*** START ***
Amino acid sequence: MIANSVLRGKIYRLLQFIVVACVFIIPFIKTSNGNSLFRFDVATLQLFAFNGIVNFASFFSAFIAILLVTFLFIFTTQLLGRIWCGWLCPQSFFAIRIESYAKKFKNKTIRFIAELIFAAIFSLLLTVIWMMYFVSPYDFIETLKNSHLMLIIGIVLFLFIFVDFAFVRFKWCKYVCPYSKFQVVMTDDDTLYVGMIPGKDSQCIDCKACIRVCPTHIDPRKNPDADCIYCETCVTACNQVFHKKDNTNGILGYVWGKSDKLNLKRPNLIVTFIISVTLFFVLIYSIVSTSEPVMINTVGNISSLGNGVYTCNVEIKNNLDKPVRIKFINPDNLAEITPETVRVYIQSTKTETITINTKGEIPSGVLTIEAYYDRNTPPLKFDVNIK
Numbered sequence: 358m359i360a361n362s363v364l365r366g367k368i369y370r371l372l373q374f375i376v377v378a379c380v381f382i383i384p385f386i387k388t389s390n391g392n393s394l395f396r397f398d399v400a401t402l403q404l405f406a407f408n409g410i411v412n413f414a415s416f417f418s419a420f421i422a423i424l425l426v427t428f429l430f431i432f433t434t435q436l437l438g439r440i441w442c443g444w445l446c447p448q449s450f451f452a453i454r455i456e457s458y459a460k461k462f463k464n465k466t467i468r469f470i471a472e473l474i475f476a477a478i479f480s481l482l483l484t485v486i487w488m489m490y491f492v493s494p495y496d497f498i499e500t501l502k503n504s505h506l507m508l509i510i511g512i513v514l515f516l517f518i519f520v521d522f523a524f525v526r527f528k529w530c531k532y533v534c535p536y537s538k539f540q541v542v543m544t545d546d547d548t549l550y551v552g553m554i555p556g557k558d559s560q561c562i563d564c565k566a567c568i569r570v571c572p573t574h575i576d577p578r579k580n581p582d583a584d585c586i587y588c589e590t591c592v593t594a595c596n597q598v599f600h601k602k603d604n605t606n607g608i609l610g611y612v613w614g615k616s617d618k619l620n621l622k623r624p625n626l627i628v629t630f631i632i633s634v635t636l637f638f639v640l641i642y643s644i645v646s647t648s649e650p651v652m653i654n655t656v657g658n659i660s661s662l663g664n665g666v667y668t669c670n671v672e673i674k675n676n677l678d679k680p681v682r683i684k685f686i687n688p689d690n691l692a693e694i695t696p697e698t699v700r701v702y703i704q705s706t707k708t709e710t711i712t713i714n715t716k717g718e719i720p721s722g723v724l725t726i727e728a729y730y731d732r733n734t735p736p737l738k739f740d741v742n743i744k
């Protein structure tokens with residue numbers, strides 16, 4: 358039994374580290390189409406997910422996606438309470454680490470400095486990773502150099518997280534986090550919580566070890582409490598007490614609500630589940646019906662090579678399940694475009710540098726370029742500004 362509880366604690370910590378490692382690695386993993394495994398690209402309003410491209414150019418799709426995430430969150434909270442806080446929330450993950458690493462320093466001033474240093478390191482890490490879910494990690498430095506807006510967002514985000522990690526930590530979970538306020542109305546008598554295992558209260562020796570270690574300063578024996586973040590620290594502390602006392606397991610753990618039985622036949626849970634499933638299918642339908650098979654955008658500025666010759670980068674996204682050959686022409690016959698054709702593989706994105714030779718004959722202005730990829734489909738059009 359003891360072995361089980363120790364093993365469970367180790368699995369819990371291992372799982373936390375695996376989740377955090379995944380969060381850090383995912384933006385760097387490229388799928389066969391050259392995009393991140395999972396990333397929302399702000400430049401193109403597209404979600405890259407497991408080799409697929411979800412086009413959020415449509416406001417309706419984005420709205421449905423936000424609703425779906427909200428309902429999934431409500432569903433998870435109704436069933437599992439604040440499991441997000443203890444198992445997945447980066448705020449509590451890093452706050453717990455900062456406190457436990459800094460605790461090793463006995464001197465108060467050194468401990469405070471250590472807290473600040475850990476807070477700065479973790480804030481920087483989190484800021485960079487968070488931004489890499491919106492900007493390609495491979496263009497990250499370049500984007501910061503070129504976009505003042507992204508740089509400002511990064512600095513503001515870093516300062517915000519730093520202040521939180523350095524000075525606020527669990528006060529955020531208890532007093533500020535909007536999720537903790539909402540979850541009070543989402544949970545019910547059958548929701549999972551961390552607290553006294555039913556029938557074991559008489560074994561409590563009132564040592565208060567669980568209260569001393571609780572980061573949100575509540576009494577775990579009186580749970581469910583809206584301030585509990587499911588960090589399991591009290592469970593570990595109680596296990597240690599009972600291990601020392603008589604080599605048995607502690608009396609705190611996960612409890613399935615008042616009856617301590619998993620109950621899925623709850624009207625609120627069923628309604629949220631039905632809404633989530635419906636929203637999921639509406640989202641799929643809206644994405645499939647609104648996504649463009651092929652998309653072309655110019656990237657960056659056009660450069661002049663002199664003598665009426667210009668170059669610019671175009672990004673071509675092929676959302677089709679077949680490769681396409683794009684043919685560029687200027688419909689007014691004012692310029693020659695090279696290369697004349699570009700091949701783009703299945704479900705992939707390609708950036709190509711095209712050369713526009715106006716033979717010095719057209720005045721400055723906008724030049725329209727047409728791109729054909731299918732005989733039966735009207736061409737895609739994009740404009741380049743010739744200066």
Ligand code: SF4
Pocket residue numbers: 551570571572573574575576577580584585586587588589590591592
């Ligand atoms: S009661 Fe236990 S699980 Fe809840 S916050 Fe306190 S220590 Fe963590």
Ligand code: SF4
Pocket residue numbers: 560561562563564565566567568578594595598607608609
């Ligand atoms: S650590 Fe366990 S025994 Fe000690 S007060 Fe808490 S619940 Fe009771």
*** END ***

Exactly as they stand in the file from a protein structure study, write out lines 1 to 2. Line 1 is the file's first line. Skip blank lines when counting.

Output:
Amino acid sequence: MIANSVLRGKIYRLLQFIVVACVFIIPFIKTSNGNSLFRFDVATLQLFAFNGIVNFASFFSAFIAILLVTFLFIFTTQLLGRIWCGWLCPQSFFAIRIESYAKKFKNKTIRFIAELIFAAIFSLLLTVIWMMYFVSPYDFIETLKNSHLMLIIGIVLFLFIFVDFAFVRFKWCKYVCPYSKFQVVMTDDDTLYVGMIPGKDSQCIDCKACIRVCPTHIDPRKNPDADCIYCETCVTACNQVFHKKDNTNGILGYVWGKSDKLNLKRPNLIVTFIISVTLFFVLIYSIVSTSEPVMINTVGNISSLGNGVYTCNVEIKNNLDKPVRIKFINPDNLAEITPETVRVYIQSTKTETITINTKGEIPSGVLTIEAYYDRNTPPLKFDVNIK
Numbered sequence: 358m359i360a361n362s363v364l365r366g367k368i369y370r371l372l373q374f375i376v377v378a379c380v381f382i383i384p385f386i387k388t389s390n391g392n393s394l395f396r397f398d399v400a401t402l403q404l405f406a407f408n409g410i411v412n413f414a415s416f417f418s419a420f421i422a423i424l425l426v427t428f429l430f431i432f433t434t435q436l437l438g439r440i441w442c443g444w445l446c447p448q449s450f451f452a453i454r455i456e457s458y459a460k461k462f463k464n465k466t467i468r469f470i471a472e473l474i475f476a477a478i479f480s481l482l483l484t485v486i487w488m489m490y491f492v493s494p495y496d497f498i499e500t501l502k503n504s505h506l507m508l509i510i511g512i513v514l515f516l517f518i519f520v521d522f523a524f525v526r527f528k529w530c531k532y533v534c535p536y537s538k539f540q541v542v543m544t545d546d547d548t549l550y551v552g553m554i555p556g557k558d559s560q561c562i563d564c565k566a567c568i569r570v571c572p573t574h575i576d577p578r579k580n581p582d583a584d585c586i587y588c589e590t591c592v593t594a595c596n597q598v599f600h601k602k603d604n605t606n607g608i609l610g611y612v613w614g615k616s617d618k619l620n621l622k623r624p625n626l627i628v629t630f631i632i633s634v635t636l637f638f639v640l641i642y643s644i645v646s647t648s649e650p651v652m653i654n655t656v657g658n659i660s661s662l663g664n665g666v667y668t669c670n671v672e673i674k675n676n677l678d679k680p681v682r683i684k685f686i687n688p689d690n691l692a693e694i695t696p697e698t699v700r701v702y703i704q705s706t707k708t709e710t711i712t713i714n715t716k717g718e719i720p721s722g723v724l725t726i727e728a729y730y731d732r733n734t735p736p737l738k739f740d741v742n743i744k